I wrote a children’s book about an alien who sees with his ears and hears with his eyes. Yes indeed it does sound odd but it highlights a selection of key areas from the school curriculum, such as parts of the body, opposites and numbers, making it a great addition to a teacher’s kit. Besides it’s a hit with my 4-year-old niece and she knows everything.
Here’s to getting it onto a few bookshelves. And here is a quick image of the main characters, Gerber and Bertie:
I used an image program called Gimp to colour in the illustrations, which took forever because I’m pretty much an amateur with that sort of stuff. However, it looks pretty good…pat on the back Mrs Akbar.
Swollen ankles, a persistently full bladder and a face the size of China – pregnancy is no mean feat. However, the plus point of course is that you get to eat slightly more and bask in the knowledge that you have a better reason to indulge in that extra slice of pie than just your sweet tooth – “It’s not for me…it’s for the baby. It needs sugar”.
It takes a while to get to that point though; the point where you don’t feel guilty for eating another slice of toast and feasting on a little more pasta than you’re used to. When my midwife told me that the headaches I was getting in my first trimester were probably down to a lack of food and that I had to eat more carbohydrate throughout the day I was dumbfounded. Continue Reading »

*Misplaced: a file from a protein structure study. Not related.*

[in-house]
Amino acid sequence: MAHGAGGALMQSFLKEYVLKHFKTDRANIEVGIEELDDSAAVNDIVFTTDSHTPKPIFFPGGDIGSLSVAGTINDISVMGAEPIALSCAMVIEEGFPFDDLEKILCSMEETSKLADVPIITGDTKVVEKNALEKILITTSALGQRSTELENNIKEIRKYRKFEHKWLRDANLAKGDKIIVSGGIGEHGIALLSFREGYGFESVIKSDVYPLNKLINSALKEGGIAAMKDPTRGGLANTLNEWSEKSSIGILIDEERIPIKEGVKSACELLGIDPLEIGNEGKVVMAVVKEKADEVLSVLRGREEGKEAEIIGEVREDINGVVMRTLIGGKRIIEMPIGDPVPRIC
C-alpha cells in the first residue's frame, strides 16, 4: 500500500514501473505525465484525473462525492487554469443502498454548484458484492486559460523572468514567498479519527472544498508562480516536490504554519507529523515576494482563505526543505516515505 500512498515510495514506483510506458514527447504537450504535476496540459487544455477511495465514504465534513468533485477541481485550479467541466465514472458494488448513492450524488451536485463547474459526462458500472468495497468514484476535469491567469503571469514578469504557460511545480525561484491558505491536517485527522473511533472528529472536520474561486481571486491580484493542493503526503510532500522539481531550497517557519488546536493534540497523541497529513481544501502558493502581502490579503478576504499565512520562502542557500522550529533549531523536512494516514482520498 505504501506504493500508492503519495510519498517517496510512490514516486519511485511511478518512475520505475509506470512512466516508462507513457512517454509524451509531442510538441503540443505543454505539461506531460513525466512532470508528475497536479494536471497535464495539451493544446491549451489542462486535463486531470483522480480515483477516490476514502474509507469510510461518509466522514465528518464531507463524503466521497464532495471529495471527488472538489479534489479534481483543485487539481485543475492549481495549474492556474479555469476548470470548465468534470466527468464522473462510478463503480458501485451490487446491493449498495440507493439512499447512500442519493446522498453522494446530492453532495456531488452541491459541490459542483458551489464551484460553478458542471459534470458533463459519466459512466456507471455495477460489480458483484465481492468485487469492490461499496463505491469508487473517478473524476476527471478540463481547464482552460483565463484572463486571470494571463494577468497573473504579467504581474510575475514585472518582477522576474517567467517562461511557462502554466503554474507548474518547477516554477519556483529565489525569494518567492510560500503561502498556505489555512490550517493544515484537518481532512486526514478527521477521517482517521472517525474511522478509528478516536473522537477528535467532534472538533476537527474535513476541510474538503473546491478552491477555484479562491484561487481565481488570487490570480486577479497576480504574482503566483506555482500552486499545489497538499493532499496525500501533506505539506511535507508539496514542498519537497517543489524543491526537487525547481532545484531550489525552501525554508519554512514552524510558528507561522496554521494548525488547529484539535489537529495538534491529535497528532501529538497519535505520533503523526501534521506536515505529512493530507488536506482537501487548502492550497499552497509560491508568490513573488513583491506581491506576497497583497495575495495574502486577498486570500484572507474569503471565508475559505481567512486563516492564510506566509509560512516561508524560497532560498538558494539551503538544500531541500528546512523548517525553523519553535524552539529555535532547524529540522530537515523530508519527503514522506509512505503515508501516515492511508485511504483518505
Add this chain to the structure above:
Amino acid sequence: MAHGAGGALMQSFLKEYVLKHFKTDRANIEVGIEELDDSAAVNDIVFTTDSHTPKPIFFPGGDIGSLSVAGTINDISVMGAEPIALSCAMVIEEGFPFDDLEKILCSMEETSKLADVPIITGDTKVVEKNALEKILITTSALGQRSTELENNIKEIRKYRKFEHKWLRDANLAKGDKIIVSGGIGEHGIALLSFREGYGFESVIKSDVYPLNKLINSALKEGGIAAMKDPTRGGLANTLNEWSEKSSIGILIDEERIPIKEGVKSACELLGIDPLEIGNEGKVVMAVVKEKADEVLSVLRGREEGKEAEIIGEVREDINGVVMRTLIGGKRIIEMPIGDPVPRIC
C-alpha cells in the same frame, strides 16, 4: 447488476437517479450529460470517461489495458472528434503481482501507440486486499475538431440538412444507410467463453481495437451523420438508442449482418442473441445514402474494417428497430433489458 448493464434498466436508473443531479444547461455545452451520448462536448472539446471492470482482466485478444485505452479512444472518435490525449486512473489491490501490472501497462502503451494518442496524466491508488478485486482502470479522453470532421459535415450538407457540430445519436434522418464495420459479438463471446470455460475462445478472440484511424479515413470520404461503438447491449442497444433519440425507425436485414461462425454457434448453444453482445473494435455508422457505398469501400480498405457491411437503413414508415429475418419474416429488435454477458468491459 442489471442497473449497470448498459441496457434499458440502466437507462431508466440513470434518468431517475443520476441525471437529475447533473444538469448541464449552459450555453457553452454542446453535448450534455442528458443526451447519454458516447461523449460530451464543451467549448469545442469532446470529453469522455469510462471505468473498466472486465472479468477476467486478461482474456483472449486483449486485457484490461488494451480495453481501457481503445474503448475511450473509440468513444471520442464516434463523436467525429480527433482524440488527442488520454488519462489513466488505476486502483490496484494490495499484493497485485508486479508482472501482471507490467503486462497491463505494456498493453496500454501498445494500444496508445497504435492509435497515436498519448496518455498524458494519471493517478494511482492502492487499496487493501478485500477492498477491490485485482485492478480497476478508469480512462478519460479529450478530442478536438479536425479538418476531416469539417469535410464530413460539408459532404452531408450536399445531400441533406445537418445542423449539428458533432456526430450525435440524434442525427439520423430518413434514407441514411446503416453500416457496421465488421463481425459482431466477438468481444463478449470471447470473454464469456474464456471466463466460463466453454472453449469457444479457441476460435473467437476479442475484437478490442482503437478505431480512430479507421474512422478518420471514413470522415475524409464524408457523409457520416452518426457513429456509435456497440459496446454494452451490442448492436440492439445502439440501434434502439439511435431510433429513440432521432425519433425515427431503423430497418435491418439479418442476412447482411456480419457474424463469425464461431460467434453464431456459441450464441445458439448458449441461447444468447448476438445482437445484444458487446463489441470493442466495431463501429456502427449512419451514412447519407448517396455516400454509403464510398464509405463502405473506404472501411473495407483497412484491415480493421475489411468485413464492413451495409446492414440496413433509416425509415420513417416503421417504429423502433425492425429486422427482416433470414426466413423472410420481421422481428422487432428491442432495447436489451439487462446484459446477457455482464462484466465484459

Here’s a piece I wrote for The Guardian:
I know it’s unfashionable to stick up for school meals but as a British Asian growing up in a household where kebabs and curry were the norm and shepherd’s pie and rice pudding were alien entities, I have very fond memories of my school dinners.
Everything we ate at home was jazzed up Pakistani-style – even omelettes had dried chilli, coriander seeds and turmeric in them. It was eating at school that taught us about traditional English food; the good and the bad. It was exciting to have buttery mash and a pie for lunch instead of a fiery dopiaza, and fun to eat jelly and ice cream for dessert instead of sipping milky cardamom-infused tea. School meals were the definition of exotic. I didn’t want a chapati and lentils; I wanted lancashire hotpot. It may not have been sensitively prepared by artisan chefs, but it had gravy in it. Continue Reading »